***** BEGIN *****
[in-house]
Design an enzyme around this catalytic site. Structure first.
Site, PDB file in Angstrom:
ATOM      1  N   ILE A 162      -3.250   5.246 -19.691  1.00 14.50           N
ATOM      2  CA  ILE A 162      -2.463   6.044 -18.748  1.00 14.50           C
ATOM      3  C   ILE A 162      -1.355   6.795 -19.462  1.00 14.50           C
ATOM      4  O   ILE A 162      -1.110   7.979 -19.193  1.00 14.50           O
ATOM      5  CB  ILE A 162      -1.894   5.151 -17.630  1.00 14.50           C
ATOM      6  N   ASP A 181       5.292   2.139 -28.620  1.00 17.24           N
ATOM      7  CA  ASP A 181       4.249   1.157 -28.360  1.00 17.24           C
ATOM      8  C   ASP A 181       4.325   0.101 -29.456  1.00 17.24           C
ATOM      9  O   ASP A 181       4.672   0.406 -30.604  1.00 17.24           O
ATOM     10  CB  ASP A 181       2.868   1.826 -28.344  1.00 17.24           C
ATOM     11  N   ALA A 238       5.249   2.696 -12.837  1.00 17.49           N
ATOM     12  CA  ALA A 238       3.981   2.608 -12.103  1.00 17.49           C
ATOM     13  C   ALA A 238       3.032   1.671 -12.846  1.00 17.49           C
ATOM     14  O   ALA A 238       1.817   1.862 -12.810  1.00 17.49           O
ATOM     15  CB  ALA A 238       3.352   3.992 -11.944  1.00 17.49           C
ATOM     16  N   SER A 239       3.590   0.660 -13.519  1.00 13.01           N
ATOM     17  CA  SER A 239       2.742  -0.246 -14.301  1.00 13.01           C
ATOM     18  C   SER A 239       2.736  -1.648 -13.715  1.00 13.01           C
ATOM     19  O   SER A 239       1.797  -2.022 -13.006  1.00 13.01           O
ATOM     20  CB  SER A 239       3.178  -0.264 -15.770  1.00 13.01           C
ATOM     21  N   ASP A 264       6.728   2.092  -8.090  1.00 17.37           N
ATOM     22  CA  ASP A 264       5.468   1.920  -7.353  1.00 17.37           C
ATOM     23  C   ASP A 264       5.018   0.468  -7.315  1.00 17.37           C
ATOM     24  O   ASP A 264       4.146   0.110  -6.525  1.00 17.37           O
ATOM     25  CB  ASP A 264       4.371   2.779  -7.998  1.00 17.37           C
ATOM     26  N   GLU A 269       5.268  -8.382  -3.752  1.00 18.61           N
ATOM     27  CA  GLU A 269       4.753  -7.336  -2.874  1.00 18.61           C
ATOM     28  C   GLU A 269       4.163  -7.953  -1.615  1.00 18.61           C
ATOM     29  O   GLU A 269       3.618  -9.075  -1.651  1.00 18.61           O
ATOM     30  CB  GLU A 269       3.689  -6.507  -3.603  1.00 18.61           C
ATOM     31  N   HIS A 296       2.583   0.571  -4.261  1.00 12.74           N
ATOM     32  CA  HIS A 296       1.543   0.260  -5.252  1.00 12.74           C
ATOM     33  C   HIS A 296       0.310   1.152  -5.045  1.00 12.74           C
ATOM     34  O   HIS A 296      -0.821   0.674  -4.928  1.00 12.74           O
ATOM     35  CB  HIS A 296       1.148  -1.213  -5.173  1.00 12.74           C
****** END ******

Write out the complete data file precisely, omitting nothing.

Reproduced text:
[in-house]
Design an enzyme around this catalytic site. Structure first.
Site, PDB file in Angstrom:
ATOM      1  N   ILE A 162      -3.250   5.246 -19.691  1.00 14.50           N
ATOM      2  CA  ILE A 162      -2.463   6.044 -18.748  1.00 14.50           C
ATOM      3  C   ILE A 162      -1.355   6.795 -19.462  1.00 14.50           C
ATOM      4  O   ILE A 162      -1.110   7.979 -19.193  1.00 14.50           O
ATOM      5  CB  ILE A 162      -1.894   5.151 -17.630  1.00 14.50           C
ATOM      6  N   ASP A 181       5.292   2.139 -28.620  1.00 17.24           N
ATOM      7  CA  ASP A 181       4.249   1.157 -28.360  1.00 17.24           C
ATOM      8  C   ASP A 181       4.325   0.101 -29.456  1.00 17.24           C
ATOM      9  O   ASP A 181       4.672   0.406 -30.604  1.00 17.24           O
ATOM     10  CB  ASP A 181       2.868   1.826 -28.344  1.00 17.24           C
ATOM     11  N   ALA A 238       5.249   2.696 -12.837  1.00 17.49           N
ATOM     12  CA  ALA A 238       3.981   2.608 -12.103  1.00 17.49           C
ATOM     13  C   ALA A 238       3.032   1.671 -12.846  1.00 17.49           C
ATOM     14  O   ALA A 238       1.817   1.862 -12.810  1.00 17.49           O
ATOM     15  CB  ALA A 238       3.352   3.992 -11.944  1.00 17.49           C
ATOM     16  N   SER A 239       3.590   0.660 -13.519  1.00 13.01           N
ATOM     17  CA  SER A 239       2.742  -0.246 -14.301  1.00 13.01           C
ATOM     18  C   SER A 239       2.736  -1.648 -13.715  1.00 13.01           C
ATOM     19  O   SER A 239       1.797  -2.022 -13.006  1.00 13.01           O
ATOM     20  CB  SER A 239       3.178  -0.264 -15.770  1.00 13.01           C
ATOM     21  N   ASP A 264       6.728   2.092  -8.090  1.00 17.37           N
ATOM     22  CA  ASP A 264       5.468   1.920  -7.353  1.00 17.37           C
ATOM     23  C   ASP A 264       5.018   0.468  -7.315  1.00 17.37           C
ATOM     24  O   ASP A 264       4.146   0.110  -6.525  1.00 17.37           O
ATOM     25  CB  ASP A 264       4.371   2.779  -7.998  1.00 17.37           C
ATOM     26  N   GLU A 269       5.268  -8.382  -3.752  1.00 18.61           N
ATOM     27  CA  GLU A 269       4.753  -7.336  -2.874  1.00 18.61           C
ATOM     28  C   GLU A 269       4.163  -7.953  -1.615  1.00 18.61           C
ATOM     29  O   GLU A 269       3.618  -9.075  -1.651  1.00 18.61           O
ATOM     30  CB  GLU A 269       3.689  -6.507  -3.603  1.00 18.61           C
ATOM     31  N   HIS A 296       2.583   0.571  -4.261  1.00 12.74           N
ATOM     32  CA  HIS A 296       1.543   0.260  -5.252  1.00 12.74           C
ATOM     33  C   HIS A 296       0.310   1.152  -5.045  1.00 12.74           C
ATOM     34  O   HIS A 296      -0.821   0.674  -4.928  1.00 12.74           O
ATOM     35  CB  HIS A 296       1.148  -1.213  -5.173  1.00 12.74           C